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Honey is Worth Buzzing About 

Updated February 01, 2019
Professional headshot of Ann Schwader

Ann Schwader

SDSU Extension Program Assessment & Reporting Coordinator

A well-known proverb says, “Kind words are like honey, sweet to the soul and healthy for the body.” Many individuals drink honey in their tea and spread it on bread, but wonder what it really is. Honey is a natural sweetener made by bees from the nectar of flowers. Bees produce honey as a food and energy source for times of scarcity, when fresh food is hard to find. 

Honey Facts

  • A typical beehive can make up to 400 pounds of honey each year.
  • There are a variety of colors and flavors of honey, depending on the region and floral source.
  • Honey is produced in every state.
  • In the US, the average person consumes 1.3 pounds of honey per year.
  • There are many forms of honey including raw, dried, filtered, and crystallized.
  • Honey is primarily 82% carbohydrates with 38.2% from fructose and 31% from glucose.
  • Unlike other sweeteners, honey contains trace amounts of vitamins and minerals, and antioxidants called flavonoids, which may have an anti-inflammatory effect on the body.

According to Choose MyPlate, honey is an added sugar. A healthy eating pattern limits added sugars to less than 10% of calories per day. Reading the ingredient label on packaged foods can help to identify added sugars. One tablespoon of honey contains 64 calories and a tablespoon of sugar contains 45 calories. However, honey tastes sweeter than sugar, so you can use less of it.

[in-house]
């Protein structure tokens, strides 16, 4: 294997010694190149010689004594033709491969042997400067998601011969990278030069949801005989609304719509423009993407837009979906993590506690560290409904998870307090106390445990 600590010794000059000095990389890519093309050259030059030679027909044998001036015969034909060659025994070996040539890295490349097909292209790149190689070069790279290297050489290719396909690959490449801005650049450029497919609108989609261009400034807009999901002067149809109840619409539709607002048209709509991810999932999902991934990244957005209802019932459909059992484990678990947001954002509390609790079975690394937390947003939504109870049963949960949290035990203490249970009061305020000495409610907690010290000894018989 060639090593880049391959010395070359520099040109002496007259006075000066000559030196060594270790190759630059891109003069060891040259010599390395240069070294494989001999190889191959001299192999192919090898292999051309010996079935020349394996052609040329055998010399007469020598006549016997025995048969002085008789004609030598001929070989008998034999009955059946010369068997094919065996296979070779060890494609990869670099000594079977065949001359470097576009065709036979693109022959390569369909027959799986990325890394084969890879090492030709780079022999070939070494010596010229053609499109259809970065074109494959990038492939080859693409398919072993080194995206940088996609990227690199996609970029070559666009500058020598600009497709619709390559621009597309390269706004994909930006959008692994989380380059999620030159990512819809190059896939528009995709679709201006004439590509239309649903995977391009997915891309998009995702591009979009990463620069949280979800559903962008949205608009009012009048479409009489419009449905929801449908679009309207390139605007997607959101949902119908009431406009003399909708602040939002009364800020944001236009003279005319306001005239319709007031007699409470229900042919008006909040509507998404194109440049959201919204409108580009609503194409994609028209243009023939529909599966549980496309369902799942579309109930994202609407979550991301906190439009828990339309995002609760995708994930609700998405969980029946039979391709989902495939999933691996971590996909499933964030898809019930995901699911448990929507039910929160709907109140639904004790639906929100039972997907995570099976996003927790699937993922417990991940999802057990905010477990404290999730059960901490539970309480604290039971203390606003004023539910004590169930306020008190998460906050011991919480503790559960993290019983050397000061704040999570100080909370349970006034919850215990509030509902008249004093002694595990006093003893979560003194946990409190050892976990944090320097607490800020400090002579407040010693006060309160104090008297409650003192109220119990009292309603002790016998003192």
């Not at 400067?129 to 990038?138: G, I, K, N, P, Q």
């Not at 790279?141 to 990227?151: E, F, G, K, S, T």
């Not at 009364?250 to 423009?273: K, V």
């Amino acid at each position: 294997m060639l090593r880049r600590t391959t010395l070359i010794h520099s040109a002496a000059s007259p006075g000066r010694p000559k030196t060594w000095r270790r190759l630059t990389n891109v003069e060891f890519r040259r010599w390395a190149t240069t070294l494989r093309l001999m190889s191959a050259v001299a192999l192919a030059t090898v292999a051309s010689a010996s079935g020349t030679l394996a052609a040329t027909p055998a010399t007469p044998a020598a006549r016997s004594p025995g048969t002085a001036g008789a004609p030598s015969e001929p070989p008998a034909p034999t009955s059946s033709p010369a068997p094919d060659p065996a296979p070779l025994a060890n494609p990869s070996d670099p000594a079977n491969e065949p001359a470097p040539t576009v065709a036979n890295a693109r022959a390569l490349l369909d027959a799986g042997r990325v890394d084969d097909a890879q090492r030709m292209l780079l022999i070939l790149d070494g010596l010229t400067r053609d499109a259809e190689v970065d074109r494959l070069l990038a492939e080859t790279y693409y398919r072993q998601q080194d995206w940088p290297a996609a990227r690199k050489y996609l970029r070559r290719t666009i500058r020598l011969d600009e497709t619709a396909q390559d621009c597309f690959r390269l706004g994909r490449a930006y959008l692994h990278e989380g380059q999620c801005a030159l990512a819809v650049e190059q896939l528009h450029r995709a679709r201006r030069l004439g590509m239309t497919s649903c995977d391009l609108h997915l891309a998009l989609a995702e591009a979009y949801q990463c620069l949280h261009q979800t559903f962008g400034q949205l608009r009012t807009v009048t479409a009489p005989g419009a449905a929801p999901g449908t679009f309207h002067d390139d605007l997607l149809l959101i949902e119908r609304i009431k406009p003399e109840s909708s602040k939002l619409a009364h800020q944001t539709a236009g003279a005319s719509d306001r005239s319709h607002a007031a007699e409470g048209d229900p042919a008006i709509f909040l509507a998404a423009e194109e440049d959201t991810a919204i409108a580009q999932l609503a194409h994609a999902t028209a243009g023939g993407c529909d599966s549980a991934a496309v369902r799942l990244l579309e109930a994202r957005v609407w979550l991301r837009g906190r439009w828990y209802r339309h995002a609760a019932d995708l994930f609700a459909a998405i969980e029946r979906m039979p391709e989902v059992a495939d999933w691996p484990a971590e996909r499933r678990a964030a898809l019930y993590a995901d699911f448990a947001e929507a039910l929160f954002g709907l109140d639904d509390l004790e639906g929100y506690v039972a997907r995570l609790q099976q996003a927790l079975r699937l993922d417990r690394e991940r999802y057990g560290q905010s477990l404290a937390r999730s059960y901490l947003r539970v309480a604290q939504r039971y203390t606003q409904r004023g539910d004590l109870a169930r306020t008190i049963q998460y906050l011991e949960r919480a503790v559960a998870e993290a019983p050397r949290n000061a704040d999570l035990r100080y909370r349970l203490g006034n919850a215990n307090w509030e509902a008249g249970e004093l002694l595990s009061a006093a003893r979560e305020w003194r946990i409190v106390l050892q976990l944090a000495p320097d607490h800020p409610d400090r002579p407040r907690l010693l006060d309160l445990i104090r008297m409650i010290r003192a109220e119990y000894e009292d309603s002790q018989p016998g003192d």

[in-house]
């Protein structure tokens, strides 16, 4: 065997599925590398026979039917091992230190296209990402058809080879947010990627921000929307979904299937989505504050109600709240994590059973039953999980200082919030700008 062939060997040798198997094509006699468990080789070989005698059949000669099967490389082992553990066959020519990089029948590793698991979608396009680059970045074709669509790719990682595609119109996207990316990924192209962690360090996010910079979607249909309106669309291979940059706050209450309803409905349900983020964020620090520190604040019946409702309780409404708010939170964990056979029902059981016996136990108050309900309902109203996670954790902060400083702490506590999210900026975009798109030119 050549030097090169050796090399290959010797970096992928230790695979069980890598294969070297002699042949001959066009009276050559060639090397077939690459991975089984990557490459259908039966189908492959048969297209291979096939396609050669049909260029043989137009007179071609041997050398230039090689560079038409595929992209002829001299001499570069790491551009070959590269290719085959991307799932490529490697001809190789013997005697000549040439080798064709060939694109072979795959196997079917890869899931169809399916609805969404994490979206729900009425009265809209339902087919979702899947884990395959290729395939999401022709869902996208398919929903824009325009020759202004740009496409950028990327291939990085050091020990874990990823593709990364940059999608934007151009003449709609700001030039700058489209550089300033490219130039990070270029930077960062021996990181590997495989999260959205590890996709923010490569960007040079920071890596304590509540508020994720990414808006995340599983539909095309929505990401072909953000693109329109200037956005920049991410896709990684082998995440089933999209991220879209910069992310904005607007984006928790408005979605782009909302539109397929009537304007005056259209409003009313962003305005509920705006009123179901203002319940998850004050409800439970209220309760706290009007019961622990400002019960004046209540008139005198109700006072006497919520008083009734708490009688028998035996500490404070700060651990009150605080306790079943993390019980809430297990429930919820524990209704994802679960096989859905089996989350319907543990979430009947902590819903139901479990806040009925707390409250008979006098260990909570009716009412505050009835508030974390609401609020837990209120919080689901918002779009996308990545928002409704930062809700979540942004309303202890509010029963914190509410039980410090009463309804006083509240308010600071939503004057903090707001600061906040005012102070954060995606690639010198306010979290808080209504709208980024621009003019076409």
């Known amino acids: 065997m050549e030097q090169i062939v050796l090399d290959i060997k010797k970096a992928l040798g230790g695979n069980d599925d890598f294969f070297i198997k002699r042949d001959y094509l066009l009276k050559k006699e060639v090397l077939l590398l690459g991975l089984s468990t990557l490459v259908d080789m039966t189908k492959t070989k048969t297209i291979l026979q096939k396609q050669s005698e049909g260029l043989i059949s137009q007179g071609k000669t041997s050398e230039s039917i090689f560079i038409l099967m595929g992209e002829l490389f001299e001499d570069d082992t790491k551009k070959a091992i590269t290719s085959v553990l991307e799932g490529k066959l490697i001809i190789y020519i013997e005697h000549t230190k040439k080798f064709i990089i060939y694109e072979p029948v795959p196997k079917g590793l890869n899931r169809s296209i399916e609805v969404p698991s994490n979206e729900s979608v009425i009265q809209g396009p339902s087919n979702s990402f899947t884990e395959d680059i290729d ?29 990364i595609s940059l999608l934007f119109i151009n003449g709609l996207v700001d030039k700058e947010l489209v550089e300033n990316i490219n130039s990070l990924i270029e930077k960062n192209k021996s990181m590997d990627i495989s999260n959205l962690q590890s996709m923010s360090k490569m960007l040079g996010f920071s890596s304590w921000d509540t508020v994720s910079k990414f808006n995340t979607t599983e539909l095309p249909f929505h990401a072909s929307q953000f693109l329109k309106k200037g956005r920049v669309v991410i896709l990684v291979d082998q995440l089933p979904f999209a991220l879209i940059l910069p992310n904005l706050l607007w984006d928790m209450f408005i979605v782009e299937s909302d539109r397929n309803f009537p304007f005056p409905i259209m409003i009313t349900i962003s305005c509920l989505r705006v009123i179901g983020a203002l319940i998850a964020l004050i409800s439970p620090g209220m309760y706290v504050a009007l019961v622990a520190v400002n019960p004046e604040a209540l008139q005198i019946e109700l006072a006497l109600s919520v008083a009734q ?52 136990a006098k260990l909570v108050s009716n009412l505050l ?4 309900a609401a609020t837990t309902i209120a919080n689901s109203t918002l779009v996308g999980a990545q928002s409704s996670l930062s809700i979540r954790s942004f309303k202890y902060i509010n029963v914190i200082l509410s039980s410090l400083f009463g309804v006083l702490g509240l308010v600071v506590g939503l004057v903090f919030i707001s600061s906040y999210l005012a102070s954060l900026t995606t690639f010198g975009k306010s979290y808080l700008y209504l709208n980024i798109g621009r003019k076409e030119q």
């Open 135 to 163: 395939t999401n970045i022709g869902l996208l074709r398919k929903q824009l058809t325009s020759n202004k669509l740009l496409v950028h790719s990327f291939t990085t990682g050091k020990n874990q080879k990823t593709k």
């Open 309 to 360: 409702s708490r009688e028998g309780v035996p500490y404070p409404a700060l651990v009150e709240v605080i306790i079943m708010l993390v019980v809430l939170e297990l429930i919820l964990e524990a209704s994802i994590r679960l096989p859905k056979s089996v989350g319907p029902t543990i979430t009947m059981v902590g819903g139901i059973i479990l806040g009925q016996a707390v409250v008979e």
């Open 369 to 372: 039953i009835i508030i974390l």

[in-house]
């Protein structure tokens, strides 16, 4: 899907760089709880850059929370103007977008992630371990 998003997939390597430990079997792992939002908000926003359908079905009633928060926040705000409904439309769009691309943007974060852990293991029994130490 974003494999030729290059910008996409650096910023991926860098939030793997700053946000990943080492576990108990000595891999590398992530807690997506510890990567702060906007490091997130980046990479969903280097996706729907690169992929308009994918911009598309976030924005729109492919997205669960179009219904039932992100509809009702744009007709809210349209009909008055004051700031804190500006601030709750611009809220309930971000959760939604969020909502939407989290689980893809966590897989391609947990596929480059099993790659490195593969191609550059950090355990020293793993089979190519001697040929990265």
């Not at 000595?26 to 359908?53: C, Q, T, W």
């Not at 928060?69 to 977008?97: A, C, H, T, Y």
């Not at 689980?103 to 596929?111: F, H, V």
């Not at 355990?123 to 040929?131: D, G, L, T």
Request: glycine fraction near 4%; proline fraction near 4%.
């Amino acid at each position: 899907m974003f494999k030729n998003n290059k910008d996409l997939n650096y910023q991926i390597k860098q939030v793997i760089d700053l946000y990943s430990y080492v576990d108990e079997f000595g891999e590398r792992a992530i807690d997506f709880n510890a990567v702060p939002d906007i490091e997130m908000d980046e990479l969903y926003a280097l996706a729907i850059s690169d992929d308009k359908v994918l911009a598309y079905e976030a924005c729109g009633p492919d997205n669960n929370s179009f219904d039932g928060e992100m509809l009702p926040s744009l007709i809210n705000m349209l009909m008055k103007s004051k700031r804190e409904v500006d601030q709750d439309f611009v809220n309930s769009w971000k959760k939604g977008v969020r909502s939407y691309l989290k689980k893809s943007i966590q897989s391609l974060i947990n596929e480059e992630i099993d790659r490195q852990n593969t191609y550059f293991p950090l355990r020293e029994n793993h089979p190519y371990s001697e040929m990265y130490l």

Substituting Honey for Sugar in Recipes

  • Use 1 part honey for every 1-1/4 parts sugar.
  • Add 1/2 teaspoon baking soda for every cup of honey to reduce the acidity and weight of honey.
  • Reducing oven temperatures by 25 degrees helps prevent overbrowning.
  • Before measuring honey, coat the inside of a measuring cup with water to minimize stickiness.

Concerns for Infants

Honey is not recommended for infants under one year of age to avoid risk of infant botulism, which is a unique form of food poisoning. This is due to their gastrointestinal tracts not being mature enough to fight the bacterium spores that could be present in honey. These spores are consumed without any negative concerns by children and adults.

Additional Resources

Check out the National Honey Board for recipes using honey, or view the following resources for more information.

Related Topics

Nutrition, Health